5-time Iditarod champion shoots dead, guts moose during the annual sled dog race

Five-time champion Dallas Seavey of Talkeetna, Alaska, wearing bib No. 7, is shown on March 2 in the streets of Anchorage during the ceremonial start of the Iditarod Trail Sled Dog Race across Alaska. (Mark Thiessen/The Associated Press)

Race rules state that Iditarod mushers must gut, report any defensive killings of large animals

A veteran musher had to kill a moose after it injured his dog shortly after the start of this year’s Iditarod, race officials said Monday.

Dallas Seavey informed the officials with the Iditarod Trail Sled Dog Race early Monday morning that he was forced to shoot the moose with a handgun in self-defence.

This came “after the moose became entangled with the dogs and the musher,” a statement from the race said.

Seavey, who is tied for the most Iditarod wins ever at five, said he urged officials to get the moose off the trail.

“It fell on my sled, it was sprawled on the trail,” Seavey told an Iditarod Insider television crew. “I gutted it the best I could, but it was ugly.”

This year’s race started Sunday afternoon in Willow, Alaska, about 121 kilometres north of Anchorage. Seavey encountered the moose just before 2 a.m. local time on Monday, 22 kilometres outside the race checkpoint in Skwentna, en route to the next checkpoint 80 kilometres away in Finger Lake.

Dog injured in the incident

Seavey, who turned 37 on Monday, arrived in Finger Lake later in the day, where he dropped a dog that was injured in the moose encounter. The dog was flown to Anchorage, where it was being evaluated by a veterinarian.

Alaska State Troopers were informed of the dead moose, and race officials said every effort was being made to salvage the meat.

Race rules state that if a big game animal like a moose, caribou or buffalo is killed in defence of life or property, the musher must gut the animal and report it to race officials at the next checkpoint. Mushers who follow must help gut the animal when possible, the rules states.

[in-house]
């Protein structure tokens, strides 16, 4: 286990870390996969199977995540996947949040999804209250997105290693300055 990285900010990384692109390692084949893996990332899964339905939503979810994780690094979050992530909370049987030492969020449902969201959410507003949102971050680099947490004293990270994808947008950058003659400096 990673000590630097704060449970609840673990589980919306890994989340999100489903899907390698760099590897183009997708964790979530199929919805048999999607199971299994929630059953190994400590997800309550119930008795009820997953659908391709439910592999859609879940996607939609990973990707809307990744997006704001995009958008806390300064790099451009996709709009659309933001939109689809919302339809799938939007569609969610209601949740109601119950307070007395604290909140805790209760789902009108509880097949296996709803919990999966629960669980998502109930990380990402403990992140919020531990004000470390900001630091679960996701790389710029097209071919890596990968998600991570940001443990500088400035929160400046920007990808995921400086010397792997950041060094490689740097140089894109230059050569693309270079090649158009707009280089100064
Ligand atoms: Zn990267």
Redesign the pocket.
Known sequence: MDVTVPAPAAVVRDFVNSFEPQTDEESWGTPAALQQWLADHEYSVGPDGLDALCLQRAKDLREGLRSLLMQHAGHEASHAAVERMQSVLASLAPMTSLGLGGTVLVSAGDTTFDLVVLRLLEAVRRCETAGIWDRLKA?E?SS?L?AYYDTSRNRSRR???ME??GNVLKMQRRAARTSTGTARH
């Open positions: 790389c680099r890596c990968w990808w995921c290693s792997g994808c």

New race marshal Warren Palfrey said he would continue to gather information about the encounter as it pertains to the rules, according to the Iditarod statement.

Musher Paige Drobny confirmed to race officials the moose was dead and in the middle of the trial when she arrived in Finger Lake on Monday.

“Yeah, like my team went up and over it, like it’s that ‘in the middle of the trail,”‘ she said.

Seavey wasn’t the first musher to encounter a moose along that stretch of the race.

Legendary champ confronted moose in 1985

Race leader Jessie Holmes, who is a cast member of the National Geographic reality TV show about life in rural Alaska called Life Below Zero, had his encounter between those two checkpoints, but it’s not clear if it was the same moose.

“I had to punch a moose in the nose out there,” he told a camera crew, but didn’t offer other details.

Seavey is not the first musher to have to kill a moose during an Iditarod. In 1985, the late Susan Butcher was leading the race when she used her axe and a parka to fend off a moose, but it killed two of her dogs and injured 13 others. Another musher came along and killed the moose.

Butcher, who died from leukemia in 2006 at age 51, had to quit that race but went on to win four Iditarods.

The 1,609-kilometre race across Alaska will end sometime next week when the winning musher comes off the Bering Sea ice and crosses under the burled arch finish line in Nome.

Related stories from around the North: 

Norway: Norway ambassador visits Alaska to talk climate, Russia and, yes, Norwegian dog mushing success, Alaska Public Media

United States: ‘A little scary’: Alaska’s Iditarod to begin with smallest field ever, The Associated Press

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